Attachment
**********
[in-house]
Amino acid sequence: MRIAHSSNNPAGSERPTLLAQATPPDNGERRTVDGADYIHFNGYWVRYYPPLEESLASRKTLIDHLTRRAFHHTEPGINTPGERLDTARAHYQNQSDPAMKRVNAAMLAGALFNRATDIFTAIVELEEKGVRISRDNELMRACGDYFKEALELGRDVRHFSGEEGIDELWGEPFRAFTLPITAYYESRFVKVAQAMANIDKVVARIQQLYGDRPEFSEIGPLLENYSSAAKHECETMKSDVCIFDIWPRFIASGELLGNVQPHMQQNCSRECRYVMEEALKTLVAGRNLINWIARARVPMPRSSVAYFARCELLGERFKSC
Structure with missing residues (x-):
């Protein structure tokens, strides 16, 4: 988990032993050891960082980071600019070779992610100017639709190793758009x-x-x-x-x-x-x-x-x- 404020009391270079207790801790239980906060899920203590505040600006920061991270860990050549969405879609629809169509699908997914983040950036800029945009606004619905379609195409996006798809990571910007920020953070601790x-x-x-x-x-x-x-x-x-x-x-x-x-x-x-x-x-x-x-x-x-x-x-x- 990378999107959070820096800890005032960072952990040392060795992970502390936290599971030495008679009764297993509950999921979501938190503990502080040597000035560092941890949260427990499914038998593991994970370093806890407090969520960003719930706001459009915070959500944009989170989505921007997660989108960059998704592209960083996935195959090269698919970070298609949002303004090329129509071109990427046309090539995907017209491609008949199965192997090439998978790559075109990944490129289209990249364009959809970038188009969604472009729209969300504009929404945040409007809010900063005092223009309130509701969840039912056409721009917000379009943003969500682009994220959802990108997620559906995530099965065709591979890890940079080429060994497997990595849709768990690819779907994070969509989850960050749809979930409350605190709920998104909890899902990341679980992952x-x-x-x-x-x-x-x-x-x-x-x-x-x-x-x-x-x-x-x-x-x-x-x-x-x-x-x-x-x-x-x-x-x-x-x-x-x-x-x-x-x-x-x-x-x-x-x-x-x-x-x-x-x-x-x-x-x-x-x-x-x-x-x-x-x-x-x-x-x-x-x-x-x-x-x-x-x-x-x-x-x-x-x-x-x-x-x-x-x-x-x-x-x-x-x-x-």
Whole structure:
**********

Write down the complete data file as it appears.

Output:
[in-house]
Amino acid sequence: MRIAHSSNNPAGSERPTLLAQATPPDNGERRTVDGADYIHFNGYWVRYYPPLEESLASRKTLIDHLTRRAFHHTEPGINTPGERLDTARAHYQNQSDPAMKRVNAAMLAGALFNRATDIFTAIVELEEKGVRISRDNELMRACGDYFKEALELGRDVRHFSGEEGIDELWGEPFRAFTLPITAYYESRFVKVAQAMANIDKVVARIQQLYGDRPEFSEIGPLLENYSSAAKHECETMKSDVCIFDIWPRFIASGELLGNVQPHMQQNCSRECRYVMEEALKTLVAGRNLINWIARARVPMPRSSVAYFARCELLGERFKSC
Structure with missing residues (x-):
């Protein structure tokens, strides 16, 4: 988990032993050891960082980071600019070779992610100017639709190793758009x-x-x-x-x-x-x-x-x- 404020009391270079207790801790239980906060899920203590505040600006920061991270860990050549969405879609629809169509699908997914983040950036800029945009606004619905379609195409996006798809990571910007920020953070601790x-x-x-x-x-x-x-x-x-x-x-x-x-x-x-x-x-x-x-x-x-x-x-x- 990378999107959070820096800890005032960072952990040392060795992970502390936290599971030495008679009764297993509950999921979501938190503990502080040597000035560092941890949260427990499914038998593991994970370093806890407090969520960003719930706001459009915070959500944009989170989505921007997660989108960059998704592209960083996935195959090269698919970070298609949002303004090329129509071109990427046309090539995907017209491609008949199965192997090439998978790559075109990944490129289209990249364009959809970038188009969604472009729209969300504009929404945040409007809010900063005092223009309130509701969840039912056409721009917000379009943003969500682009994220959802990108997620559906995530099965065709591979890890940079080429060994497997990595849709768990690819779907994070969509989850960050749809979930409350605190709920998104909890899902990341679980992952x-x-x-x-x-x-x-x-x-x-x-x-x-x-x-x-x-x-x-x-x-x-x-x-x-x-x-x-x-x-x-x-x-x-x-x-x-x-x-x-x-x-x-x-x-x-x-x-x-x-x-x-x-x-x-x-x-x-x-x-x-x-x-x-x-x-x-x-x-x-x-x-x-x-x-x-x-x-x-x-x-x-x-x-x-x-x-x-x-x-x-x-x-x-x-x-x-």
Whole structure: